For the past four years, I’ve spent much of my job working on party funding related issues. This has given me a rather apolitical outlook when it comes to funding scandals.
“Abrahamsgate” and “Wendygate” are no exceptions. Don’t get me wrong; the decision of Peter Watt, apparently his predeccessors and almost certainly a lot of others within the party to break the law in covering up the identity of a major party donor is a real scandal. With the Wendy Alexander debacle, a similar dismissive attitude about the law seems to have been in place. But no party has clean hands, least of all the Conservatives who continue to use unincorporated associations to legally protect the anonymity of their donors. It may be legal, but they are doing exactly the same thing on a daily basis, only less hamfistedly.
It is really hard to see how some of the smaller donations which are getting journalists so excited at the moment have that much significance. Â£950 here or Â£2,000 there is not as much of an issue as the fact that, for example, the Â£306,000 in donations that were reported late by the main parties in the last quarter alone. The fact is, none of the main party’s systems are that good and they could all do with being improved (admittedly, Labour’s seems to be in a bigger mess than either the Tories or Lib Dems).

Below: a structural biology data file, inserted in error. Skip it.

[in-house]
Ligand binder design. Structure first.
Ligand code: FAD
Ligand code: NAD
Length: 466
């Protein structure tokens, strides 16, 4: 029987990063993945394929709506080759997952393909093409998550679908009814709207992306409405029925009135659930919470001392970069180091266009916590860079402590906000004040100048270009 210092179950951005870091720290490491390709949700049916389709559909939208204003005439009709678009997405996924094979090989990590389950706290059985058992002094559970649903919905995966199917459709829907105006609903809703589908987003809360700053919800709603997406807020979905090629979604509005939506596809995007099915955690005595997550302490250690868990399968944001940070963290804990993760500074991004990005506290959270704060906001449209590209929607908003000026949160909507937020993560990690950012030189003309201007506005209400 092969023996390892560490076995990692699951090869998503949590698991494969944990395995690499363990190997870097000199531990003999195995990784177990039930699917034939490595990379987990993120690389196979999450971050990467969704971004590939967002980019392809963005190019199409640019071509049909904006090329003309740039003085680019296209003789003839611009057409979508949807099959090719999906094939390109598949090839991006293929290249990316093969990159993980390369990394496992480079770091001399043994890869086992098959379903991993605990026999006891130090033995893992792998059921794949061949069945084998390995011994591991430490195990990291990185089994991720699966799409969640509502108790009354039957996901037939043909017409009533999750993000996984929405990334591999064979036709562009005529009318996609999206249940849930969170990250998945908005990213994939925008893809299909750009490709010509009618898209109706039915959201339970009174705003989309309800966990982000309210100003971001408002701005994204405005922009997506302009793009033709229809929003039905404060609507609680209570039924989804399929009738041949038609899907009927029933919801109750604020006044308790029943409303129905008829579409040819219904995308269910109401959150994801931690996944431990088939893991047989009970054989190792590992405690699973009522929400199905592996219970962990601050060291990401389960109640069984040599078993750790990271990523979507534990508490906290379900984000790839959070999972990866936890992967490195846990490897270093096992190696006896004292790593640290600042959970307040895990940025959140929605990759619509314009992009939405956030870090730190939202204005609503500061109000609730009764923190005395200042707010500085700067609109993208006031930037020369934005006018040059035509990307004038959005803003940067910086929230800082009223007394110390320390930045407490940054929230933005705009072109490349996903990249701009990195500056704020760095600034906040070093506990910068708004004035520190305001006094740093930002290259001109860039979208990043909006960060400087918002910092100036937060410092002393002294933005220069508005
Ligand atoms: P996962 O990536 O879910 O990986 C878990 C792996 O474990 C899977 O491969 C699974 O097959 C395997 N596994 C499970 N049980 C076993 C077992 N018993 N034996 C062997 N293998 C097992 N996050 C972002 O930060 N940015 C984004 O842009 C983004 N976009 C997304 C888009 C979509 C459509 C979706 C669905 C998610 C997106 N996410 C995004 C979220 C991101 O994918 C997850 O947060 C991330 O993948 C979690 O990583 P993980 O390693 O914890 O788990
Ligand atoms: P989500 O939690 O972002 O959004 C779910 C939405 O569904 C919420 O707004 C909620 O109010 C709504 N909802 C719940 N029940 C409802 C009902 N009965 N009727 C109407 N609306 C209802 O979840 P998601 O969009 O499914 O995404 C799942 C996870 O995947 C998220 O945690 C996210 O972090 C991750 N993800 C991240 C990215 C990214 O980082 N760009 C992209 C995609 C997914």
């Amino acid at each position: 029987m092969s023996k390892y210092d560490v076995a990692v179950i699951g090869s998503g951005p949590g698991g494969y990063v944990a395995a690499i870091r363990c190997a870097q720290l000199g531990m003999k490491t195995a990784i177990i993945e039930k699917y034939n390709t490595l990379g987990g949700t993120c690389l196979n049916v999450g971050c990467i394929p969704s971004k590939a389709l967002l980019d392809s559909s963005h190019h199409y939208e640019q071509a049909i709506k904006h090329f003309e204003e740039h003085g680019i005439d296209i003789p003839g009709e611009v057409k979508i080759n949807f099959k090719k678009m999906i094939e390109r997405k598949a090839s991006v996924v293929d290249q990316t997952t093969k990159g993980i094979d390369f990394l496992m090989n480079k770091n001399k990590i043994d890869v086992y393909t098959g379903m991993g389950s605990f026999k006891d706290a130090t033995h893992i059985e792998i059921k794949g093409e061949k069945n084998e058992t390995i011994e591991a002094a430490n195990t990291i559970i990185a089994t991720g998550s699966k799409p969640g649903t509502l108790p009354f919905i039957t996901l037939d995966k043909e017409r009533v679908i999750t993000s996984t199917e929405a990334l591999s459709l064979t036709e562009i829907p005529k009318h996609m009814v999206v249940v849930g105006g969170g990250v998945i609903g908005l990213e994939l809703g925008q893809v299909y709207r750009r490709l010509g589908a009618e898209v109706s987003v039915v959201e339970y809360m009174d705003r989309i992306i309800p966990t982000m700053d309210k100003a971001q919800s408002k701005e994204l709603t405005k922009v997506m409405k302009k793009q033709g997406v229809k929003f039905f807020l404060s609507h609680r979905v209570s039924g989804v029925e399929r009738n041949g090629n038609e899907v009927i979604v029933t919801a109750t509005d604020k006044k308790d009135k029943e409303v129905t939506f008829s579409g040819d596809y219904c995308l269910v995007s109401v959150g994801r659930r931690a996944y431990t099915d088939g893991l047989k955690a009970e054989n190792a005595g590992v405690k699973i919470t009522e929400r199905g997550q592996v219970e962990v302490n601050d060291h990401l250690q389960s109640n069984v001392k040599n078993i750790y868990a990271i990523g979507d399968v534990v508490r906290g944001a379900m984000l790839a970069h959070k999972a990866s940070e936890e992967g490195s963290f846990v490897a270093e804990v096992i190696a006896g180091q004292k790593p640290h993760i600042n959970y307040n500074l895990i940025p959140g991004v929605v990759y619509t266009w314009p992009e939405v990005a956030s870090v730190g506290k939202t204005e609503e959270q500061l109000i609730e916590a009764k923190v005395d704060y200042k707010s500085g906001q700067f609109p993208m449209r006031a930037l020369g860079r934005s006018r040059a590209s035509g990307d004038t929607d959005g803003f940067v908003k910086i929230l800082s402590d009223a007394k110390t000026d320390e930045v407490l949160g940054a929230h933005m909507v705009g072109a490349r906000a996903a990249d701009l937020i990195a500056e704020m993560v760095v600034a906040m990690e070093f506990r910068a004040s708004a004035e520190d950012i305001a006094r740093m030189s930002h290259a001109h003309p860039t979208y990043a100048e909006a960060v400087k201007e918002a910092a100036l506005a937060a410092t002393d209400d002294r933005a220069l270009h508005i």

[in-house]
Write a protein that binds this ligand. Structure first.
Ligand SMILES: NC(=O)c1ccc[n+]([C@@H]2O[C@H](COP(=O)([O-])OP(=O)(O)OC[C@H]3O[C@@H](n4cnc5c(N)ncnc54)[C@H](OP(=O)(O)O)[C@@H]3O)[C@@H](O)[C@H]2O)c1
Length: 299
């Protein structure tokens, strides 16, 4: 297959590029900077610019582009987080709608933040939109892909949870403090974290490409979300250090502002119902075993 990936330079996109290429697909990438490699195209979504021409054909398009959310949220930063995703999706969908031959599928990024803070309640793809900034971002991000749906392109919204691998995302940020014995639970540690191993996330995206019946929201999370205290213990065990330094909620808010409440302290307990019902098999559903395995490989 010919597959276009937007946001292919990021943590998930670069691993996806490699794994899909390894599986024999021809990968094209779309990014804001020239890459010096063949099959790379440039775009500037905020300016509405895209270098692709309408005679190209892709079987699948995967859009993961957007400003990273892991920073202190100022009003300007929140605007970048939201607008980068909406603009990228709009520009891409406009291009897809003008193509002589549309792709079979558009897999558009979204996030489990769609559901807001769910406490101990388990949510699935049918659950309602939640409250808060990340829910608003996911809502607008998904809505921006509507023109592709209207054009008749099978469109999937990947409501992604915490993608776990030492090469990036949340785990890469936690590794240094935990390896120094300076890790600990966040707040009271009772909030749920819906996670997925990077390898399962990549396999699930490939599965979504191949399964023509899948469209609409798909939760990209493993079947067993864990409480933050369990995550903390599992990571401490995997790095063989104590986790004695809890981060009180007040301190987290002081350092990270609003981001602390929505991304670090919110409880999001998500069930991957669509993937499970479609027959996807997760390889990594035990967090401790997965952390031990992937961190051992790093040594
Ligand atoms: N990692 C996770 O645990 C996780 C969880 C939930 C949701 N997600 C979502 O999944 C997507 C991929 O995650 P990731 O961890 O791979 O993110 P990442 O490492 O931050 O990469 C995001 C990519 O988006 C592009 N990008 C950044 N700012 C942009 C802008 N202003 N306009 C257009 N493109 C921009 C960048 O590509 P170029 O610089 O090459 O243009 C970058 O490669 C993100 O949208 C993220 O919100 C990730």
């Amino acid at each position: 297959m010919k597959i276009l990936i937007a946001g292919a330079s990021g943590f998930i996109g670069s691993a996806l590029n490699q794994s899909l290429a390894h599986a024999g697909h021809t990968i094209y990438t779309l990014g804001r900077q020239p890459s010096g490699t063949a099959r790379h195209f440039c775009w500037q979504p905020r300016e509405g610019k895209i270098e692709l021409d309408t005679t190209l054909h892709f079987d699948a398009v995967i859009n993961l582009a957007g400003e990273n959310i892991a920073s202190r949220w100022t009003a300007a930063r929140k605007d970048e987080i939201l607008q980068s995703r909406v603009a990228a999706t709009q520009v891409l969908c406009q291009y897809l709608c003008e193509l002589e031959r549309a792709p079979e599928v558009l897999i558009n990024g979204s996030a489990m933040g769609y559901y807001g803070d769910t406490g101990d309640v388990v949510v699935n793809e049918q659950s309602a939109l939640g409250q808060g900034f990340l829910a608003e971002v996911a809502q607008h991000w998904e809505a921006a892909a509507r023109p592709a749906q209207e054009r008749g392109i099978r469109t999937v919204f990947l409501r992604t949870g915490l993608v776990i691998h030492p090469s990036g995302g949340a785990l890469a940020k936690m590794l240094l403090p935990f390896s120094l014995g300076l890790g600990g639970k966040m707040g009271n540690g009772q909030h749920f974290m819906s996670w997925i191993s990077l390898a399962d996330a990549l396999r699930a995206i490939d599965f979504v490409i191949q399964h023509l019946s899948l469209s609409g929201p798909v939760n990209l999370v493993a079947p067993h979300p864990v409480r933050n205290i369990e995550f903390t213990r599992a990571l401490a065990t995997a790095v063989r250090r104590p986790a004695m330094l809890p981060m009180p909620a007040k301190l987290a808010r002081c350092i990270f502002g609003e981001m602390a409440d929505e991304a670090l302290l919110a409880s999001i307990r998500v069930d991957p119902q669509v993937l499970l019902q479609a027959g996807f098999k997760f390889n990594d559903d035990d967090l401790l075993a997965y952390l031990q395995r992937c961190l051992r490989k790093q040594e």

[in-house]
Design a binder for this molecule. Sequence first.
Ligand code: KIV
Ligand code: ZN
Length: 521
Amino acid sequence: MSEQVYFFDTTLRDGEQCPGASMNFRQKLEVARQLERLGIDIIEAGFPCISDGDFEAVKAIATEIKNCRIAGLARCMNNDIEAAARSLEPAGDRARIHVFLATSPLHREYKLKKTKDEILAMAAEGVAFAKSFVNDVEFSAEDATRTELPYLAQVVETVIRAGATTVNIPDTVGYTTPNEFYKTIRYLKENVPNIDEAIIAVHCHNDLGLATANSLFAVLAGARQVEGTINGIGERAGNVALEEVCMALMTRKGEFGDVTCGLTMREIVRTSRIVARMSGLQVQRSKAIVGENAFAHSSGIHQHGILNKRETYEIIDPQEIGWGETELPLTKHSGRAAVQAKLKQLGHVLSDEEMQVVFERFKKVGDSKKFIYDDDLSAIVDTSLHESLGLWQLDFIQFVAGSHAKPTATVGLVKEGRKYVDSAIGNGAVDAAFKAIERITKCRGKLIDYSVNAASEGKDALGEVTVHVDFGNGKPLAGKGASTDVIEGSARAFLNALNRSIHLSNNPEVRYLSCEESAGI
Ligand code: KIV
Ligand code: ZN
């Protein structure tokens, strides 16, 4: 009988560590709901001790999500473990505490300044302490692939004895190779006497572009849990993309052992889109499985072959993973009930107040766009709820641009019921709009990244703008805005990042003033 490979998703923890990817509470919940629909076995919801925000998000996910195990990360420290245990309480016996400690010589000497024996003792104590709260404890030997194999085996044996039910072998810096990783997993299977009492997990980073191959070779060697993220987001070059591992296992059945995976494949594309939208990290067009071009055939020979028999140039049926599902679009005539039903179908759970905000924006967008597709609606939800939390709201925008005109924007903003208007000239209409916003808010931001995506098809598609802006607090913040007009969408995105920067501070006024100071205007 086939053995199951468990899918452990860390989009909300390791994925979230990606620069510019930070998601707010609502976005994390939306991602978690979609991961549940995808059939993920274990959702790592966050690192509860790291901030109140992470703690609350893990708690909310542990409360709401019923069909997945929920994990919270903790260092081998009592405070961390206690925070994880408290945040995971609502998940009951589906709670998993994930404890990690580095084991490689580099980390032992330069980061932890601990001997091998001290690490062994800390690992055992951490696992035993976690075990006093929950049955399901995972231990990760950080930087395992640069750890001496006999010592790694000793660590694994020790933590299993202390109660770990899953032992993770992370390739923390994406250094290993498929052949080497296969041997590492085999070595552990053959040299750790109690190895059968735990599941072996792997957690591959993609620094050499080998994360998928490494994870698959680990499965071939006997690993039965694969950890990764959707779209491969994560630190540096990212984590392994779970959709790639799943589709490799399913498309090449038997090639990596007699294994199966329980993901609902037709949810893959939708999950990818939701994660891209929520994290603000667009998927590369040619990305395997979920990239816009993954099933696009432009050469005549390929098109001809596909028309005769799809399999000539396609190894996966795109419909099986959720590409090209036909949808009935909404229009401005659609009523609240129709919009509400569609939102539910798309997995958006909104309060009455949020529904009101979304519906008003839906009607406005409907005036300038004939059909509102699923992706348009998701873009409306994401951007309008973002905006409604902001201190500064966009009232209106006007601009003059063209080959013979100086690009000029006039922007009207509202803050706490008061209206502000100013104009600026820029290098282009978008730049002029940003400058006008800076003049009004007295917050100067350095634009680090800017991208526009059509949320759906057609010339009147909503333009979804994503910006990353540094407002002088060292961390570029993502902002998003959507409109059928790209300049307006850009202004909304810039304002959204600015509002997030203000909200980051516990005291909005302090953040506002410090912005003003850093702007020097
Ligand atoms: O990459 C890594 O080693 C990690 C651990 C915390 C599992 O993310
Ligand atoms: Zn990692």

But if the central party machine’s systems are not that perfect, what about – for example – the campaign teams of leadership candidates? Most of the scandals that are hitting the headlines at the moment concern the Labour Deputy Leadership and the Scottish Leadership contests (or non-contest in the latter case). I hope that Team Clegg and Team Huhne are making extra sure that all their donations are above board and that they are registering every single one of them; it could so easily happen to us.